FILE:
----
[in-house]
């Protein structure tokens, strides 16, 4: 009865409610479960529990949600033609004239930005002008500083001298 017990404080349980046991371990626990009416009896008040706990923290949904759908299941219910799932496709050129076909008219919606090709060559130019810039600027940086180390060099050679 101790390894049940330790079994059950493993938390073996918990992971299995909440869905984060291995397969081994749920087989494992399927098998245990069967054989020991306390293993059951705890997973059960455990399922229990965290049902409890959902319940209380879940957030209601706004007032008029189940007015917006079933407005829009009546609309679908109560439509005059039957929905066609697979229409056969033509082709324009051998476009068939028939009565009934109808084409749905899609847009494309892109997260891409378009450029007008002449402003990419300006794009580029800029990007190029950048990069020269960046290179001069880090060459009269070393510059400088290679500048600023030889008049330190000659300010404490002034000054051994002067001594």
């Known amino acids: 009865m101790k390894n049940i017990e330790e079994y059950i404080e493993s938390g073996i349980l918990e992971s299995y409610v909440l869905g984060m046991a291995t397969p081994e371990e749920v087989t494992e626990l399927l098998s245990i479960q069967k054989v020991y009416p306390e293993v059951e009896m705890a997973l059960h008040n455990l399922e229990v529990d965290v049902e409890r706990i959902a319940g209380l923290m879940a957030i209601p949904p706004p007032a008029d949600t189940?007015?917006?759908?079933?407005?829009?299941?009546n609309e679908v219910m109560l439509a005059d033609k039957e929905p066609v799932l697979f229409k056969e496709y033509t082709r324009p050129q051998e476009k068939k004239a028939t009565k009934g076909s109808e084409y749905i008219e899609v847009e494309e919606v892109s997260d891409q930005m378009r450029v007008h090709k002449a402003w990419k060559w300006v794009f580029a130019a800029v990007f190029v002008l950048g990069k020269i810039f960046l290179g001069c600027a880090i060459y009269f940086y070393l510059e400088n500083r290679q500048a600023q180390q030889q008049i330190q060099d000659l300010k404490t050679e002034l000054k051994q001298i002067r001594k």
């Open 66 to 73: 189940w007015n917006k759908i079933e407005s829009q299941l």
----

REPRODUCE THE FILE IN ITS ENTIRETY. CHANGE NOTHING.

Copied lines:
[in-house]
């Protein structure tokens, strides 16, 4: 009865409610479960529990949600033609004239930005002008500083001298 017990404080349980046991371990626990009416009896008040706990923290949904759908299941219910799932496709050129076909008219919606090709060559130019810039600027940086180390060099050679 101790390894049940330790079994059950493993938390073996918990992971299995909440869905984060291995397969081994749920087989494992399927098998245990069967054989020991306390293993059951705890997973059960455990399922229990965290049902409890959902319940209380879940957030209601706004007032008029189940007015917006079933407005829009009546609309679908109560439509005059039957929905066609697979229409056969033509082709324009051998476009068939028939009565009934109808084409749905899609847009494309892109997260891409378009450029007008002449402003990419300006794009580029800029990007190029950048990069020269960046290179001069880090060459009269070393510059400088290679500048600023030889008049330190000659300010404490002034000054051994002067001594």
């Known amino acids: 009865m101790k390894n049940i017990e330790e079994y059950i404080e493993s938390g073996i349980l918990e992971s299995y409610v909440l869905g984060m046991a291995t397969p081994e371990e749920v087989t494992e626990l399927l098998s245990i479960q069967k054989v020991y009416p306390e293993v059951e009896m705890a997973l059960h008040n455990l399922e229990v529990d965290v049902e409890r706990i959902a319940g209380l923290m879940a957030i209601p949904p706004p007032a008029d949600t189940?007015?917006?759908?079933?407005?829009?299941?009546n609309e679908v219910m109560l439509a005059d033609k039957e929905p066609v799932l697979f229409k056969e496709y033509t082709r324009p050129q051998e476009k068939k004239a028939t009565k009934g076909s109808e084409y749905i008219e899609v847009e494309e919606v892109s997260d891409q930005m378009r450029v007008h090709k002449a402003w990419k060559w300006v794009f580029a130019a800029v990007f190029v002008l950048g990069k020269i810039f960046l290179g001069c600027a880090i060459y009269f940086y070393l510059e400088n500083r290679q500048a600023q180390q030889q008049i330190q060099d000659l300010k404490t050679e002034l000054k051994q001298i002067r001594k």
């Open 66 to 73: 189940w007015n917006k759908i079933e407005s829009q299941l």